Make Your Workshop Notes Work for You

Workshop-NotesWho loves to take workshops? *Raising hand and waving it around!*

Who has random notes on paper that either get stuck in a desk and never looked at or thrown away? Who took notes on a computer but never accessed them or used the again?

How about we make what we learn from those workshops easily accessible and useful?

By taking the below steps you will maximize what you get out of each workshop because you are immediately incorporating it into your daily use. In addition, you’ll have those notes already organized and summarized with easy Search capabilities to quickly locate information.


Step 1: Where We Take Notes

Step number one is to bring a computer with you to every workshop, every time. You will rarely get a spare moment to transfer all those hand-written notes to your computer. Taking notes directly into your computer has the following benefits.

  • Saves you time transferring/makes sure your notes make it in to your computer
  • Mobile and more easily accessible from anywhere
  • Notes become searchable = more useful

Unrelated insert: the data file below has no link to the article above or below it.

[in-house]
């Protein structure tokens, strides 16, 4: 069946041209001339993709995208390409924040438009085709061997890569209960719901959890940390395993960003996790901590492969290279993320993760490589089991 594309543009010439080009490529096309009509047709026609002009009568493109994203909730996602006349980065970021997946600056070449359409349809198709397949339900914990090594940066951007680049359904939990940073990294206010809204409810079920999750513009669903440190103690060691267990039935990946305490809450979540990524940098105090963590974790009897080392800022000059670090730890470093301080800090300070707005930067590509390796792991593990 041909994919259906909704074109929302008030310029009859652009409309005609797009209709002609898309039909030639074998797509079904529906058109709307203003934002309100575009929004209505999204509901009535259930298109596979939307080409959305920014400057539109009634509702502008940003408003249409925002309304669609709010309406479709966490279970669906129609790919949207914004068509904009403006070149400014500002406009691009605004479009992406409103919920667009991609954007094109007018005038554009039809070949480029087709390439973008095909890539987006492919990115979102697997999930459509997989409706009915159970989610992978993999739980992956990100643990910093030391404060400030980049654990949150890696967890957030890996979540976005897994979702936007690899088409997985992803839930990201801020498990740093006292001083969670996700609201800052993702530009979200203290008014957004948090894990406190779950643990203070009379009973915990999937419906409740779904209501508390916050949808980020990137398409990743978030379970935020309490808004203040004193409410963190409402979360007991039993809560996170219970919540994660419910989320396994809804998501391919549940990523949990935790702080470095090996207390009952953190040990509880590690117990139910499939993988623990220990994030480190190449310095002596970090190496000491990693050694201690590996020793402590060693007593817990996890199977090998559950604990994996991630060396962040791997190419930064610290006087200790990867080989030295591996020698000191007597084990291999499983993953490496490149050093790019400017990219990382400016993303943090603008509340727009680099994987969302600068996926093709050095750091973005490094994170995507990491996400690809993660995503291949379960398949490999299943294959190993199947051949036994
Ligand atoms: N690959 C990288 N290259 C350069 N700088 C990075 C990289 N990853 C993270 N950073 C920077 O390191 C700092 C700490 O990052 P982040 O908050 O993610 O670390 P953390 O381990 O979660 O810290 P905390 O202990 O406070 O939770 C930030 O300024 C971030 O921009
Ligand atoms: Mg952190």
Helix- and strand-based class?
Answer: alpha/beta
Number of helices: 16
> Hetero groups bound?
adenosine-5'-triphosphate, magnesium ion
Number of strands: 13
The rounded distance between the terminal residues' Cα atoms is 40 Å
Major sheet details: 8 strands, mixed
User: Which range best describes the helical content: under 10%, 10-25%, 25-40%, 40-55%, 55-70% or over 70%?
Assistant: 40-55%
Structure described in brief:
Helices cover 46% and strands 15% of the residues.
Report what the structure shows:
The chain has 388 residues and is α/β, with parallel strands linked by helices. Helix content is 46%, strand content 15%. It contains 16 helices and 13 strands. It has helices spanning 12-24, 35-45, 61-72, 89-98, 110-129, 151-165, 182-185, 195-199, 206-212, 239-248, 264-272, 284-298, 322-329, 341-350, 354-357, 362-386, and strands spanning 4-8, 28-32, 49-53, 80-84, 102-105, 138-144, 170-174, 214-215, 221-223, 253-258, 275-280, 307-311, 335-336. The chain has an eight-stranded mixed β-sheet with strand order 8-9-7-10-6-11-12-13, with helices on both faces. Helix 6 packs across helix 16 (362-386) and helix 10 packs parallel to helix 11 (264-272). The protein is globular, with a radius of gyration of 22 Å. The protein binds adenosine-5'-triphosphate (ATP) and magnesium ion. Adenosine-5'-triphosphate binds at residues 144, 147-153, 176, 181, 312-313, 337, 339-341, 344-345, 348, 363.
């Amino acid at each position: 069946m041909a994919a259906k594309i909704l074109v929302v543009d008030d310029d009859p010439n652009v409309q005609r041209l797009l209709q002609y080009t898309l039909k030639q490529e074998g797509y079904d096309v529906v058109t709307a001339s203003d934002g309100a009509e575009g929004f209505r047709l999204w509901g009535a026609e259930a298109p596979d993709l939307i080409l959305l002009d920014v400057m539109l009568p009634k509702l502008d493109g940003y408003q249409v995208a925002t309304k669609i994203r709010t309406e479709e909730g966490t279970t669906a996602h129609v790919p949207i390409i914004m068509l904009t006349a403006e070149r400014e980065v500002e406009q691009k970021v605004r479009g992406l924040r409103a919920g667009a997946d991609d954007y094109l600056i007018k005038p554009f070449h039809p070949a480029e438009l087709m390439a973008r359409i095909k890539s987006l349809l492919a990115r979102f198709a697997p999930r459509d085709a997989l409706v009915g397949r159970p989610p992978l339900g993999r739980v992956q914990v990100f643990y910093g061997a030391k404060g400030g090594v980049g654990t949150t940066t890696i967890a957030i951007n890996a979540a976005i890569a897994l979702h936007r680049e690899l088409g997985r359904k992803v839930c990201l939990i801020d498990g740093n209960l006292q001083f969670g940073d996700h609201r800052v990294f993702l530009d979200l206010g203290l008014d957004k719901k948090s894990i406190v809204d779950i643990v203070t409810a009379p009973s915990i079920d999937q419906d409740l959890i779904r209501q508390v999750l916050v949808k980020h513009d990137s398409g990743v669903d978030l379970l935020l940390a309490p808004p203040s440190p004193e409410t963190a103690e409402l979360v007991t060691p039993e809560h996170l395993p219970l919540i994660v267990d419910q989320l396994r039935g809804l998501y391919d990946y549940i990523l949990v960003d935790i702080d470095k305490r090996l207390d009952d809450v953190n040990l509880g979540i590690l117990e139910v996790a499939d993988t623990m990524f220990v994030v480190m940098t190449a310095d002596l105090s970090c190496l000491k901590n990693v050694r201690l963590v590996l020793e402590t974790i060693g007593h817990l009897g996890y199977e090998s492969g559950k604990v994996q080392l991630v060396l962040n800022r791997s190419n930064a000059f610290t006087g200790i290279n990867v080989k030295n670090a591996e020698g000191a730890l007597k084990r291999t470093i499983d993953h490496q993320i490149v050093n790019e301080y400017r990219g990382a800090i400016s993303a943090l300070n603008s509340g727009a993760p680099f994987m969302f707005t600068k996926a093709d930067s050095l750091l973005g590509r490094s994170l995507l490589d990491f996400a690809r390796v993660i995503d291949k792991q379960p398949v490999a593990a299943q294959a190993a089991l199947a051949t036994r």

*If you are a non-computer person (I know many authors who still prefer to hand-write), consider making a binder to hold your notes similar to how we set up Notebooks/Sections/Pages in OneNote.


Step 2: How We Take Notes

I’m going to use OneNote as my example. I use OneNote because it keeps my notes in one place (rather than opening multiple files) and is easily searchable. However this method can also apply to other note-taking apps/software as well as Word.

  1. Create a Notebook called “Workshops” (if you don’t frequent workshops often, then your workshop notes could be a Section in another notebook like “Writing”)
  2. Create a new Section for each workshop you take
  3. Create Pages for each topic in that workshop
  4. Type your notes directly on the pages


Step 3: Always Summarize & Follow Up

businessThe next step in taking your workshop notes is to summarize. You’ll want to do this immediately after finishing the class, while the material is still fresh in your mind. A summary can take several forms:

  1. Create a Page in that workshop Section with a summary of the information that stood out for you
  2. Add to any running “idea lists” or checklists you have in other notebooks/sections of OneNote
  3. Add to any “process” notes you have in other notebooks/sections of OneNote
  4. Favorite the important links or copy them into any link lists in OneNote
  5. Go take any actions that don’t involve notes:
    • Sign up for other suggested workshops you think you’d like
    • Purchase books or materials they suggested that you think you’d find useful
    • Research anything they mentioned (tools, book cover designers, editors, local book stores, you name it)